Our fears of failure and disappointment originate from some twisted reality we’ve created in our mind. Let’s take the gym thing as an example. Quite often when working with clients, together we uncover that the “I’m too tired to go to the gym” is really “I’m afraid to go to the gym because everyone is looking at me and I’ll be embarrassed.”

False Evidence #1- What’s the likelihood that everybody really is looking at you? What’s their purpose for being at the gym?
False Evidence #2- Whose choice is it to be embarrassed?
False Evidence #3- OK, what if everyone was looking at you and you did feel embarrassed? What choices do you still have?

It’s that third one that really instills the fear. Many people feel they wouldn’t have the fortitude to stick it out and they’d chalk it up as one big failure on their part.

It always comes down to choice. Are you going to stop at your usual spot or just keep going?

Photo credit: zen / / CC BY-NC-SA

Don’t Let Your New Year’s Resolution Wreck Your Image


With the start of the new year, there are going to be a number of resolutions made to “get in shape.” For some, this means losing a few pounds. For others, they might want to build muscle. One area of concern for guys is the tendency to over-compensate for a “skinny” body image by deciding to do some “body building.” This often creates eating issues of its own. To add muscle fast, you attempt to take in more calories than you burn. (To make this sound cool, we call it “bulking.”) That might be the exact same behavior you just worked so hard to change!

I’m a strong advocate of adding resistance training to any weight loss program but particularly for men. If you have anxiety about the gym, now’s as good a time as any to work through it. Lean mass helps you burn fat. It also has a huge impact on a man’s body image. When a guy loses a lot of weight but hasn’t built much muscle, there’s a chance that they still won’t be satisfied with their appearance. They’ll want to “bulk up” and they end up putting on a lot of unhealthy weight again. When weight training is added to weight loss, the final result is a trim, fit and athletic build.

What’s a bit ironic is that being bulky isn’t even the preferred look any longer. According to a CNN article on the new ideal physique for men, cultural preferences are trending towards lean and athletic. Looking naturally fit and healthy without having spent your life in the gym or wasted money on countless supplements is what’s favored in the media and fitness magazines. It’s also being popularized by fitness trends like MoveNat. It’s a look that many men can actually achieve and maintain.

If you think you’re too skinny now, pick up some weights before you pick up that extra meal. A man with moderate muscle mass but low body fat can look a lot more “buff” than a bulky guy with no definition. You’ll be healthier and you’ll prevent yourself from entering a cycle of yo-yo dieting that can do more harm than good.

Photo credit: alphadesigner / Foter / CC BY-NC-ND

Instead of Toughing it Out, Be Smart and Treat Your Sports Injuries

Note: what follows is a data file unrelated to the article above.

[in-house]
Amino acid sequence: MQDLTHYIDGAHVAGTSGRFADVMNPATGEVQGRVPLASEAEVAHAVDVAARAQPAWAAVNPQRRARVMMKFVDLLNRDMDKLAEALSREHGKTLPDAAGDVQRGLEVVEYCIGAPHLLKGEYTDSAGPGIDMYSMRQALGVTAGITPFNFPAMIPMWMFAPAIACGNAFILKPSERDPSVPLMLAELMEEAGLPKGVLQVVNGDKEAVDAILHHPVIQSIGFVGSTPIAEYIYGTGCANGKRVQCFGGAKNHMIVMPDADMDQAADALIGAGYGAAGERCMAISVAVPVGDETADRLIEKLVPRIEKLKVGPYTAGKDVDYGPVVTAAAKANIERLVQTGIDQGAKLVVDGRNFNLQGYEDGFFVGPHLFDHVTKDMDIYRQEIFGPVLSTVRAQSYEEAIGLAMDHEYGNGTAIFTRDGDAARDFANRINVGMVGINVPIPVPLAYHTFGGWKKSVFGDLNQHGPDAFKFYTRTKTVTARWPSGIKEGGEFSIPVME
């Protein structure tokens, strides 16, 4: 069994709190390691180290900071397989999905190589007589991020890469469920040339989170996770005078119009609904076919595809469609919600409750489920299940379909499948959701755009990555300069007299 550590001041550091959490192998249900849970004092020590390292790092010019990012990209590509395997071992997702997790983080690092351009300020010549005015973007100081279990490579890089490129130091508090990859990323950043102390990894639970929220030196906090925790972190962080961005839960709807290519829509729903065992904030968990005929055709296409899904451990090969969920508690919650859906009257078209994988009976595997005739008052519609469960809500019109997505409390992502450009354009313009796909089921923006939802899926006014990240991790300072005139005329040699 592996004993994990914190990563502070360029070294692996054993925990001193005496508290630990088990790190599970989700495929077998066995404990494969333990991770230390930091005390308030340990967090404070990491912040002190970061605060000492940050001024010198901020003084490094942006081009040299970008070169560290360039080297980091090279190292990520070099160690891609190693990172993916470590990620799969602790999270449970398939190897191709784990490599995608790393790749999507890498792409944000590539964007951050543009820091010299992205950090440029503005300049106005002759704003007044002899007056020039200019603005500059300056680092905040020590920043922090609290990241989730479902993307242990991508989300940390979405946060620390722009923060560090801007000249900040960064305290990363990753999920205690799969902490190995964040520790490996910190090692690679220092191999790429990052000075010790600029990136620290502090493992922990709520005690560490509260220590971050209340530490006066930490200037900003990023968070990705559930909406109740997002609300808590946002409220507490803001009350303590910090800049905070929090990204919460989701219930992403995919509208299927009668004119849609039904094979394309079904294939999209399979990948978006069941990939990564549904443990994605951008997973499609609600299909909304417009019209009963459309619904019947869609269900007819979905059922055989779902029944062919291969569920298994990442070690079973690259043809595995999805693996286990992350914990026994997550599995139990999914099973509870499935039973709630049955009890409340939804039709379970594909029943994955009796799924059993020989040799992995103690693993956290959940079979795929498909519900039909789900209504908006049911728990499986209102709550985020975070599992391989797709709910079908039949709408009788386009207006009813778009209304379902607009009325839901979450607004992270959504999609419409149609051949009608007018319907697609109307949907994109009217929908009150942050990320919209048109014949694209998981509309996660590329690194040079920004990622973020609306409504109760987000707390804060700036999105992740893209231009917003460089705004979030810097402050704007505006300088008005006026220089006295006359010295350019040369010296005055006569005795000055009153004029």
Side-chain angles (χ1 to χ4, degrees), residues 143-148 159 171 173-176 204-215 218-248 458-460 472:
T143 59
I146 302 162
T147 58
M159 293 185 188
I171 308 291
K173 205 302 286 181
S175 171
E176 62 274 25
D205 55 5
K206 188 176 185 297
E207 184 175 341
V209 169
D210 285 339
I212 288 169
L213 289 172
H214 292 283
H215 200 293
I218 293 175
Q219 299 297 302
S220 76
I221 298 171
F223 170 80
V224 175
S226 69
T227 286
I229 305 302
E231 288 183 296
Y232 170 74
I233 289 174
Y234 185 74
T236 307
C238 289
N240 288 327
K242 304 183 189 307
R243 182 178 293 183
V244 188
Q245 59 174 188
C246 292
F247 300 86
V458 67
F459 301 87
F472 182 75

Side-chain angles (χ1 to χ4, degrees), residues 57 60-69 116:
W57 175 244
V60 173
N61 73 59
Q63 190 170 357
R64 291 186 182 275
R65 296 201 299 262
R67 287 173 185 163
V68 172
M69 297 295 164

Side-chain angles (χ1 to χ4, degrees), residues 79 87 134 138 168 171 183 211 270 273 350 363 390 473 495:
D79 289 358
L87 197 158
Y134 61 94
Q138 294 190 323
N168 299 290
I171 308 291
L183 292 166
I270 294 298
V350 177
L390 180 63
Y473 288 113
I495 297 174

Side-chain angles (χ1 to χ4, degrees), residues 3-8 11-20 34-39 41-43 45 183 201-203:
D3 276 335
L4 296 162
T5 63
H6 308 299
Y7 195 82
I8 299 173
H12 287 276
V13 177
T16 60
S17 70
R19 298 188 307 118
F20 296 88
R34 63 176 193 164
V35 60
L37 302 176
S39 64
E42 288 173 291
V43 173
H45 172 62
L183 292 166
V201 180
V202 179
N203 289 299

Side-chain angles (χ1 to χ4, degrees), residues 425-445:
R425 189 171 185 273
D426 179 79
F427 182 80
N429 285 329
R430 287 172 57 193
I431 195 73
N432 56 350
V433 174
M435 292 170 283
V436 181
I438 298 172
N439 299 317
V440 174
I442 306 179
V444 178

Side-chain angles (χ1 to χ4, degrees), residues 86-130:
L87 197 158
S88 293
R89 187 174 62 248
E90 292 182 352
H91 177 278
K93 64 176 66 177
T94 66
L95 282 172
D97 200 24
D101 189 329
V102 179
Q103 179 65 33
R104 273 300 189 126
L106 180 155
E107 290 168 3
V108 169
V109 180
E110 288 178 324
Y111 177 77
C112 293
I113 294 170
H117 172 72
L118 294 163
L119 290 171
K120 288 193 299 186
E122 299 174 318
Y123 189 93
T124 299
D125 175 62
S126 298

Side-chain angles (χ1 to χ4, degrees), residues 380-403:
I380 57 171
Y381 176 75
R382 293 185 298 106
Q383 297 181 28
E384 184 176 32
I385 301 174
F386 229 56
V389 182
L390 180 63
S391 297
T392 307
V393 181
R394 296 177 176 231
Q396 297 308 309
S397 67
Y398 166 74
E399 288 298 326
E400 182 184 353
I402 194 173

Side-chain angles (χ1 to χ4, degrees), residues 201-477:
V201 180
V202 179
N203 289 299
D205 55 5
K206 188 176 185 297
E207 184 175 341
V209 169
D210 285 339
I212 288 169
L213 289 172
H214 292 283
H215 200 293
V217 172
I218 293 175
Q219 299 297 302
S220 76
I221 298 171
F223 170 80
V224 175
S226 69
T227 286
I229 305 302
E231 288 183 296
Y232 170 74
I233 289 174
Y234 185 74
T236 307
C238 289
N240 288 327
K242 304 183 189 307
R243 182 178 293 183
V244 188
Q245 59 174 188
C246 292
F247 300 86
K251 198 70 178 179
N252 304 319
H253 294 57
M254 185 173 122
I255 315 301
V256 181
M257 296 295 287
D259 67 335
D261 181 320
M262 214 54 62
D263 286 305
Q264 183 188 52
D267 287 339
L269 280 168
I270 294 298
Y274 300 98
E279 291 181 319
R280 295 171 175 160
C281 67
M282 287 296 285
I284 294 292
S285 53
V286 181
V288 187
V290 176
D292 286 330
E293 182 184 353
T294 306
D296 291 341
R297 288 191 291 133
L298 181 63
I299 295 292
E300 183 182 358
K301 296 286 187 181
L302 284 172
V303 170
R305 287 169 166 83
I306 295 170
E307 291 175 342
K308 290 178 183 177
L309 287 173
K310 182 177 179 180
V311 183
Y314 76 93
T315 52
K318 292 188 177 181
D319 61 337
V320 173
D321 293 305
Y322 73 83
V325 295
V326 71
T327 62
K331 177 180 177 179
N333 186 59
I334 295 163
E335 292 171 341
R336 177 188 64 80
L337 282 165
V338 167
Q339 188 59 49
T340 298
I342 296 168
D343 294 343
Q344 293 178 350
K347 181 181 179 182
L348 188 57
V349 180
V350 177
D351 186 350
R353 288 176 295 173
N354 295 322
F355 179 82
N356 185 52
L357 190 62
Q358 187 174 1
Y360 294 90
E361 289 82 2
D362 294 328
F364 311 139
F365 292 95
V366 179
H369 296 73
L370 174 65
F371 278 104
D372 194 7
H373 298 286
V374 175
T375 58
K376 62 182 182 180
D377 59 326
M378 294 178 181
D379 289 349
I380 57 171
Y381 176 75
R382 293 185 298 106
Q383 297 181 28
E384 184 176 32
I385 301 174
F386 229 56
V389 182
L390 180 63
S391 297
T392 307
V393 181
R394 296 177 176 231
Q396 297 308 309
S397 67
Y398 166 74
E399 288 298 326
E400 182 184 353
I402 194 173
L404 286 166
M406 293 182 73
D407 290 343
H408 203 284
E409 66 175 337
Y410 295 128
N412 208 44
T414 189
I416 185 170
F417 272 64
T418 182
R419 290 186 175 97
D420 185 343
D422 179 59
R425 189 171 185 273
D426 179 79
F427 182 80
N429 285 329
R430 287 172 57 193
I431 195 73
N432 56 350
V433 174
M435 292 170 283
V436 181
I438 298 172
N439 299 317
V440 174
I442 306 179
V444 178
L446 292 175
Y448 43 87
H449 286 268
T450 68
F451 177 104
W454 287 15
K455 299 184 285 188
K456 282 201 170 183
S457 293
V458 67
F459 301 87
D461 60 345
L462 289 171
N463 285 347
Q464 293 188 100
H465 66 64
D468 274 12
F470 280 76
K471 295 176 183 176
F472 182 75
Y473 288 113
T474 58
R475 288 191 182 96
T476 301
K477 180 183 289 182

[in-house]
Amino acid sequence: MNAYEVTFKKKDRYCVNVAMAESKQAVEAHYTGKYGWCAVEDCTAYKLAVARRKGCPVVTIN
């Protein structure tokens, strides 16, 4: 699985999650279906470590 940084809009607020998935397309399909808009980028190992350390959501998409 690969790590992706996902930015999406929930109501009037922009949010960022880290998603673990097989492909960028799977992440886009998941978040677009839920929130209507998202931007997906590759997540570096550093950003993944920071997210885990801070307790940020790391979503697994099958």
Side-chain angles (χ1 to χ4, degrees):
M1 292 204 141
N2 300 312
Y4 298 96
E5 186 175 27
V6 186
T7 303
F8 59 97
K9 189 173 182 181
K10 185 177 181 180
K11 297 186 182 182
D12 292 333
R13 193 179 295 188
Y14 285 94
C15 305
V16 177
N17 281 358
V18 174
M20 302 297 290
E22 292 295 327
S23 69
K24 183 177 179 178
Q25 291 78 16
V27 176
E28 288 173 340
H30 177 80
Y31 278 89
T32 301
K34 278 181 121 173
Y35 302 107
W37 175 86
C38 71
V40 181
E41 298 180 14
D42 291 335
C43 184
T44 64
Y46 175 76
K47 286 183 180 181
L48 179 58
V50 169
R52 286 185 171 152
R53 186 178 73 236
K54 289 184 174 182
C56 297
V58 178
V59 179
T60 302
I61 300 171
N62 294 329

You’re a healthy, fit person now and you enjoy being active. As you up your efforts at the gym, there’s more potential for injury. The occasional twist or pull is to be expected. A lot of guys will try to play off the injury, “push through it” and not get proper treatment. That can cause greater harm and permanent damage that can take you out of the gym for a long time; setting you back in your weight loss maintenance. If you do get injured, get treated as soon as possible.

Below is an entry I made in a personal blog a few years back. I’m reposting it here because it contains information that some might find helpful.

Apparently, a human shoulder is engineered to only provide so much force over a period of time. Like a lot of guys, I stupidly exceeded this limit. To literally add insult to injury, I ignored the pain thinking I’d “tough it out” and that it would get better over time. It didn’t.

After months of pain and watching the quality of my workout steadily decline, I went to my primary care physician. He did a few tests and told me there was something wrong with my shoulder and sent me to Grayhawk Family Chiropractic for evaluation and treatment.

During my first visit, Dr. Frank Sorrentino (he prefers to be called Dr. Frank) performed a series of movements with my shoulder that I would later learn is called Active Release Technique or ART. These seemingly gently movements actually did a lot to improve my flexibility and range of motion. He next pulled out this metal rod and started scraping the tissue around my shoulder. Yes, it felt like this sounds. This is referred to as the Graston Technique. My simple understanding of this is that a lot of pain and range-of-motion limitation is caused by scar tissue or improperly healed injuries. The only way to get the tissue to heal correctly is to break it back down. While this hurts like a son-of-a-gun while it’s being performed, I can tell you there is a payoff later. Treatment ended with 20 minutes of electrical muscle stimulation. Dr. Frank gave me a few exercises to perform throughout the day at home and I was done.